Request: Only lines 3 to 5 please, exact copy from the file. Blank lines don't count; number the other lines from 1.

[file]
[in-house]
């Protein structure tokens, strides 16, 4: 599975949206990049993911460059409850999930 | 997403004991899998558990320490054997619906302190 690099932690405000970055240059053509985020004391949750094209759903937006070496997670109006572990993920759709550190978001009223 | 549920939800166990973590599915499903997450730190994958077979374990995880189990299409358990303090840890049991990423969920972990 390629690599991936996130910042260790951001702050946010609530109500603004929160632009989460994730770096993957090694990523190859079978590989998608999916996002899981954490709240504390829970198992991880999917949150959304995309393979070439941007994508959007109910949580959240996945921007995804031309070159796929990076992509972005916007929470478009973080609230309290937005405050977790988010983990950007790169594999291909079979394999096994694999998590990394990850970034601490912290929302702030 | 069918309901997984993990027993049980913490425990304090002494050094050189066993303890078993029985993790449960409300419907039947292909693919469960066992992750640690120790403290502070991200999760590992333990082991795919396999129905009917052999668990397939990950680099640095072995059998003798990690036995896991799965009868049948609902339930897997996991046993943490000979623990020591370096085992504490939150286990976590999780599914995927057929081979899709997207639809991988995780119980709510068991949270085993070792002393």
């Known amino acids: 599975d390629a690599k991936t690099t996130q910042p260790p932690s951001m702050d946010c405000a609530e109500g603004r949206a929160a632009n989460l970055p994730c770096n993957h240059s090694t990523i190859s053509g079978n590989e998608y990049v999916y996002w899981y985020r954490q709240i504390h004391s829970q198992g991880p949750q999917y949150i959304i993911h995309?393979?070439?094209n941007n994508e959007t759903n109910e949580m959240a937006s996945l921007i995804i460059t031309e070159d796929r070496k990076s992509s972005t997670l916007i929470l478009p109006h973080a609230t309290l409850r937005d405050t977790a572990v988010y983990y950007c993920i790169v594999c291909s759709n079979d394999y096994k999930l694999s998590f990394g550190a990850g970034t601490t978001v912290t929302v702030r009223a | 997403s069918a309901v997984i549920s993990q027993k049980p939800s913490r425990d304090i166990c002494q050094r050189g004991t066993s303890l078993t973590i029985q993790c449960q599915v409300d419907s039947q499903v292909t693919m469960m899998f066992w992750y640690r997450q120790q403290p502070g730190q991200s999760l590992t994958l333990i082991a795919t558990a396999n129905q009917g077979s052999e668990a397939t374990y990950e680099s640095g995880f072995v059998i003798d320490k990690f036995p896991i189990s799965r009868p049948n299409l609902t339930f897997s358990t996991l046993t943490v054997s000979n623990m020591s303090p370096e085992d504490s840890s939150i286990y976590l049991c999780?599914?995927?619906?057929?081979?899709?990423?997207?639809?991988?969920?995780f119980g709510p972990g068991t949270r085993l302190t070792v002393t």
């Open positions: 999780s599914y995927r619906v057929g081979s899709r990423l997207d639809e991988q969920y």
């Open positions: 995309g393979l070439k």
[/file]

């Known amino acids: 599975d390629a690599k991936t690099t996130q910042p260790p932690s951001m702050d946010c405000a609530e109500g603004r949206a929160a632009n989460l970055p994730c770096n993957h240059s090694t990523i190859s053509g079978n590989e998608y990049v999916y996002w899981y985020r954490q709240i504390h004391s829970q198992g991880p949750q999917y949150i959304i993911h995309?393979?070439?094209n941007n994508e959007t759903n109910e949580m959240a937006s996945l921007i995804i460059t031309e070159d796929r070496k990076s992509s972005t997670l916007i929470l478009p109006h973080a609230t309290l409850r937005d405050t977790a572990v988010y983990y950007c993920i790169v594999c291909s759709n079979d394999y096994k999930l694999s998590f990394g550190a990850g970034t601490t978001v912290t929302v702030r009223a | 997403s069918a309901v997984i549920s993990q027993k049980p939800s913490r425990d304090i166990c002494q050094r050189g004991t066993s303890l078993t973590i029985q993790c449960q599915v409300d419907s039947q499903v292909t693919m469960m899998f066992w992750y640690r997450q120790q403290p502070g730190q991200s999760l590992t994958l333990i082991a795919t558990a396999n129905q009917g077979s052999e668990a397939t374990y990950e680099s640095g995880f072995v059998i003798d320490k990690f036995p896991i189990s799965r009868p049948n299409l609902t339930f897997s358990t996991l046993t943490v054997s000979n623990m020591s303090p370096e085992d504490s840890s939150i286990y976590l049991c999780?599914?995927?619906?057929?081979?899709?990423?997207?639809?991988?969920?995780f119980g709510p972990g068991t949270r085993l302190t070792v002393t």
């Open positions: 999780s599914y995927r619906v057929g081979s899709r990423l997207d639809e991988q969920y």
């Open positions: 995309g393979l070439k």